By David Milliken and Kylie MacLellan
LONDON (Reuters) – Bank of England Chief Economist Huw Pill said on Thursday that it was essential interest rates stay at their current level in order to tame inflation, in a shift in tone from earlier in the week when he discussed possible cuts next year.
Last week, the BoE kept its main interest rate at 5.25% and said rates would need to stay there for an extended period, but Pill said on Monday that market pricing pointing towards a first rate cut in August 2024 “doesn’t seem totally unreasonable”.
British consumer price inflation was the highest among large advanced economies in September at 6.7% and, although the BoE expects a big drop in October data next week, it forecasts it will take another two years for it to return to its 2% target.
“We do seem to have persistence there,” Pill said in a presentation to the Institute of Chartered Accountants in England and Wales (ICAEW).
“That’s what, for me, makes it crucial that the restrictive stance of monetary policy, as reflected in Bank Rate being at 5.25%, that that restrictive response also has to be persistent, in order to squeeze the inflationary situation out of the system,” he added.
Despite a slowdown in growth over the past three months, some domestic inflation pressures such as rapid private-sector wage growth had not yet eased, raising concerns about the medium-term outlook for inflation, Pill said.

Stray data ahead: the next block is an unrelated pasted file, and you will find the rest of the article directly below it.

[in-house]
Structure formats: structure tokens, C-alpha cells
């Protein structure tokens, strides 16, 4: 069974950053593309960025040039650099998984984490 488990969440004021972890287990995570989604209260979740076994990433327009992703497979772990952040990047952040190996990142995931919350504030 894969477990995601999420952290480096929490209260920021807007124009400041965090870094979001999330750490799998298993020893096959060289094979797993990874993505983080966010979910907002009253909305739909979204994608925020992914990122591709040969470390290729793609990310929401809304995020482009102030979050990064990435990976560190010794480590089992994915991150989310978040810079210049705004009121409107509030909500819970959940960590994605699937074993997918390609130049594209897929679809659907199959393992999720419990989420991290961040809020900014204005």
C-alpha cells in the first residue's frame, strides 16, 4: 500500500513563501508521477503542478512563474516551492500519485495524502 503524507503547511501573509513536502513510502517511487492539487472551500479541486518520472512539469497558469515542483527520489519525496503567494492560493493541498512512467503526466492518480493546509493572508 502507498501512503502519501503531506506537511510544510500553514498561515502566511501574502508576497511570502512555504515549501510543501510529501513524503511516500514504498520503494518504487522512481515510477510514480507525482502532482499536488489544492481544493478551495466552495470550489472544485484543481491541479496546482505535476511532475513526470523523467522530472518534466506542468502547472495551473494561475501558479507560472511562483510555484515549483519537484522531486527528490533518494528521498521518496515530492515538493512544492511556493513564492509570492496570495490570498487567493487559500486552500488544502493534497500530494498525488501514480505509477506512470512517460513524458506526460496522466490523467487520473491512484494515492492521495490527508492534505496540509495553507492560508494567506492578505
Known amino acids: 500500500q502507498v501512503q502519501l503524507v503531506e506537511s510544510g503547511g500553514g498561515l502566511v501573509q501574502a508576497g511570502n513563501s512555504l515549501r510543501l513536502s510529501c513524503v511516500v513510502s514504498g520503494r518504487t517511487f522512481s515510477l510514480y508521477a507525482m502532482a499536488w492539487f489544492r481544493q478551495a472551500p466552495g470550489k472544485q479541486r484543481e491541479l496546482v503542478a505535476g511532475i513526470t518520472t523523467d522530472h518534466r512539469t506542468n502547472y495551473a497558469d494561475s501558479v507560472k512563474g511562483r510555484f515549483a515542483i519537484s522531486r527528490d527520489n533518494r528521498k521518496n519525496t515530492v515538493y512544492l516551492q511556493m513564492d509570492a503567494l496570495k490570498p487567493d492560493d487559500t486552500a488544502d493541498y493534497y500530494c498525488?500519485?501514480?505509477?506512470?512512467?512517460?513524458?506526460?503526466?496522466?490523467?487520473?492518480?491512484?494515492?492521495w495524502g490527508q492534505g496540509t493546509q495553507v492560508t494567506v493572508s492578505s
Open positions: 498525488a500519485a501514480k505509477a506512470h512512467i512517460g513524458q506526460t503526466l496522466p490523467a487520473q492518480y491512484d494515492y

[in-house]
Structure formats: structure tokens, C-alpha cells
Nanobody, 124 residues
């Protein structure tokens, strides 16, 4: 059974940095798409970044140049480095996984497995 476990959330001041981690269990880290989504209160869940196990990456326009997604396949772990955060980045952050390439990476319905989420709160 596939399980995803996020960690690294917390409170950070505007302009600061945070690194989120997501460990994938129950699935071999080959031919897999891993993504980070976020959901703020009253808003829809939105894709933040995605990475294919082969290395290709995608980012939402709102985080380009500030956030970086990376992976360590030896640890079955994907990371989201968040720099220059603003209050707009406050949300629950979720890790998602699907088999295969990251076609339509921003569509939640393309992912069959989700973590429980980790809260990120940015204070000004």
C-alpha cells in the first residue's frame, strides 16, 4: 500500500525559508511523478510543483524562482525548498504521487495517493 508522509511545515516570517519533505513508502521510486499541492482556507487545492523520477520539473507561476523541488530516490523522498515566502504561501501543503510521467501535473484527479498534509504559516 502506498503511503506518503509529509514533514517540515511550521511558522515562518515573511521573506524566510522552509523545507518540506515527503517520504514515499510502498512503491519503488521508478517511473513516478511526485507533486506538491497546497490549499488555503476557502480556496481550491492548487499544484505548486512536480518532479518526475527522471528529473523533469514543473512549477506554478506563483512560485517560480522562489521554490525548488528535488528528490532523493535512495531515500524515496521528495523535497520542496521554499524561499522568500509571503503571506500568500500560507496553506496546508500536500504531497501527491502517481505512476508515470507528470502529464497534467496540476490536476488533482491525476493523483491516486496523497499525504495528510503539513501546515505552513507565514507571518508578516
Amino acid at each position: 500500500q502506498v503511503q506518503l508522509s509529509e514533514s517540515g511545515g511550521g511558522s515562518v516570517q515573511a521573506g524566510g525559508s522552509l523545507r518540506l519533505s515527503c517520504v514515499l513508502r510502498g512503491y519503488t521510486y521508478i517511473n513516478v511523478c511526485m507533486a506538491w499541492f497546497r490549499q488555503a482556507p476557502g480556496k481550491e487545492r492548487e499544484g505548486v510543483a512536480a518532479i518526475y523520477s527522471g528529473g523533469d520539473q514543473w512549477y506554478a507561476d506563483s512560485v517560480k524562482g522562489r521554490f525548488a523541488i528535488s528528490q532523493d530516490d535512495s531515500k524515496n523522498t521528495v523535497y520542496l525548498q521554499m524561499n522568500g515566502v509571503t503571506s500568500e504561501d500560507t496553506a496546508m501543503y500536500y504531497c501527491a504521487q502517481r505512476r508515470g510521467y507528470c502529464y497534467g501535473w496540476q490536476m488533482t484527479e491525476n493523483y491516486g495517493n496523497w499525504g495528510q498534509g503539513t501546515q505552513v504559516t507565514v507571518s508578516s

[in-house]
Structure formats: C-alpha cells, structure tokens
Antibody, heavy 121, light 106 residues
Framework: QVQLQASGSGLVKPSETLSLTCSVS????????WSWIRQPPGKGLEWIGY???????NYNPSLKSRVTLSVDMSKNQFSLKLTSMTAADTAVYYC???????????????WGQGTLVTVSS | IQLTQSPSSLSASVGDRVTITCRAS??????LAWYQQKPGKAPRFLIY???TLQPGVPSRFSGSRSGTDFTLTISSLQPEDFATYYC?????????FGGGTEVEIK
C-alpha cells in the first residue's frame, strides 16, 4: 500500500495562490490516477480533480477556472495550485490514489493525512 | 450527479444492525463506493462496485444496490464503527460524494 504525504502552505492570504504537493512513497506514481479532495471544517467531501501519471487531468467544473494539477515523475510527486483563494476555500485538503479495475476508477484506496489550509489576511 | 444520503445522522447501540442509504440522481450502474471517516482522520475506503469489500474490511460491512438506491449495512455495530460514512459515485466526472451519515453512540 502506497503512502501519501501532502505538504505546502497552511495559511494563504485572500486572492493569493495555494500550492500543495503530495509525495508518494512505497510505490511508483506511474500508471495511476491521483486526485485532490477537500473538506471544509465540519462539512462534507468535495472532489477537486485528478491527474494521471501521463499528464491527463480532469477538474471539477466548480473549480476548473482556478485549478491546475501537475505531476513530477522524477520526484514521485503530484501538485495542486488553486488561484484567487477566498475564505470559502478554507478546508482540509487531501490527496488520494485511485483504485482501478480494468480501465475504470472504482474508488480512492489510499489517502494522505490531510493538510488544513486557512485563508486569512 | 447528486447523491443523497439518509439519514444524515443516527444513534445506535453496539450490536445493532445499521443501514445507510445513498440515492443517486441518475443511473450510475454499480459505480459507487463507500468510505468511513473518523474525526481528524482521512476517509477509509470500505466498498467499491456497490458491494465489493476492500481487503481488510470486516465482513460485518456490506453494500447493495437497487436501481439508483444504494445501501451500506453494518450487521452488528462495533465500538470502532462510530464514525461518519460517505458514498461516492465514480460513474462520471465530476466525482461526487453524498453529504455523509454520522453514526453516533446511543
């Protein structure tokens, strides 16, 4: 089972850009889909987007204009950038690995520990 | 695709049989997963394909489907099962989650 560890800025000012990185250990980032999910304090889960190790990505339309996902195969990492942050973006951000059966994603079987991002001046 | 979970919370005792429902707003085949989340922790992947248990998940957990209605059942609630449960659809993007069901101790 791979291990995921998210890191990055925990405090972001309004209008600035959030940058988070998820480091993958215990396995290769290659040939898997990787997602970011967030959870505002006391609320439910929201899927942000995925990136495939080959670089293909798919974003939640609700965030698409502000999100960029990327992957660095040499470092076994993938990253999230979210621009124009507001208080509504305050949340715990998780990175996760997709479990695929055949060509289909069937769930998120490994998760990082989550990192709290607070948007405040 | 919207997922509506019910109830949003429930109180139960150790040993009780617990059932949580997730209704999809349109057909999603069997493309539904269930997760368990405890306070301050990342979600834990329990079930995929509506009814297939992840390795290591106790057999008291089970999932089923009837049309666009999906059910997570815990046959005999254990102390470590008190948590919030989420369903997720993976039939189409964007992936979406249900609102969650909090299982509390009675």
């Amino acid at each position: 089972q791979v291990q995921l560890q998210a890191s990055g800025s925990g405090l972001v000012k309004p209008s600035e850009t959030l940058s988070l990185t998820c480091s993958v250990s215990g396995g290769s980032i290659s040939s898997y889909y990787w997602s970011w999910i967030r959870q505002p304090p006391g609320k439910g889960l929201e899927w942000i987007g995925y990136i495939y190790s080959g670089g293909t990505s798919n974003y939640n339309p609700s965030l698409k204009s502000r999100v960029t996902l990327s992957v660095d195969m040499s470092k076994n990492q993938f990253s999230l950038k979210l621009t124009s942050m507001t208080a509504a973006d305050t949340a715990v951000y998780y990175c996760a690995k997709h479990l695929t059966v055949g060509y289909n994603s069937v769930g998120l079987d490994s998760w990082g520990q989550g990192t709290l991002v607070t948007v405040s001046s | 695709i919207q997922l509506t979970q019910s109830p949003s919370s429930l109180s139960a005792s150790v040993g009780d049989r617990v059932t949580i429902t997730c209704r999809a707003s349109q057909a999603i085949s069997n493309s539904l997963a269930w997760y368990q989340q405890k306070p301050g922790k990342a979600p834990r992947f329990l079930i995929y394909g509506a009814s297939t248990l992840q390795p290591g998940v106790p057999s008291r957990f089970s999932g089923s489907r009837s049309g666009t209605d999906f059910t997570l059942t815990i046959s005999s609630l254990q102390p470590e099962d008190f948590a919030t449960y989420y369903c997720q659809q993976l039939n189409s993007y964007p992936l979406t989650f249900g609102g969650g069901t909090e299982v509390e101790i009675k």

Pill said he did not think a further rate rise was necessary, but noted the BoE’s forecasts for inflation returning to target were based on market pricing in the run-up to last week’s decision that interest rates would remain high.
These forecasts assumed an average interest rate of 5.1% in the final quarter of 2023 – indicating a possible quarter-point cut then – and rates at 4.5% in late 2025.
After Pill’s remarks on Monday, interest rate sensitive two-year gilt yields fell sharply to a five-month low and rate futures priced in a greater than 50% chance of a rate cut by June 2024, and rates falling to 4.75% by the end of next year.
BoE Governor Andrew Bailey reiterated on Wednesday that it was too soon to take about rate cuts.
Two-year gilt yields rose as Pill spoke on Thursday and rate futures scaled back pricing for a June rate cut, although they still price in at least two quarter-point cuts for next year.
Pill also said it was wrong to view central bank comments on the outlook for monetary policy as expressing firm commitments, rather than plausible scenarios.
“There’s no promise here and we are responsive to events. Events in the Middle East are a clear focus at the moment for reasons that I think are obvious,” he said.
(Writing by David Milliken; editing by William James and Alex Richardson)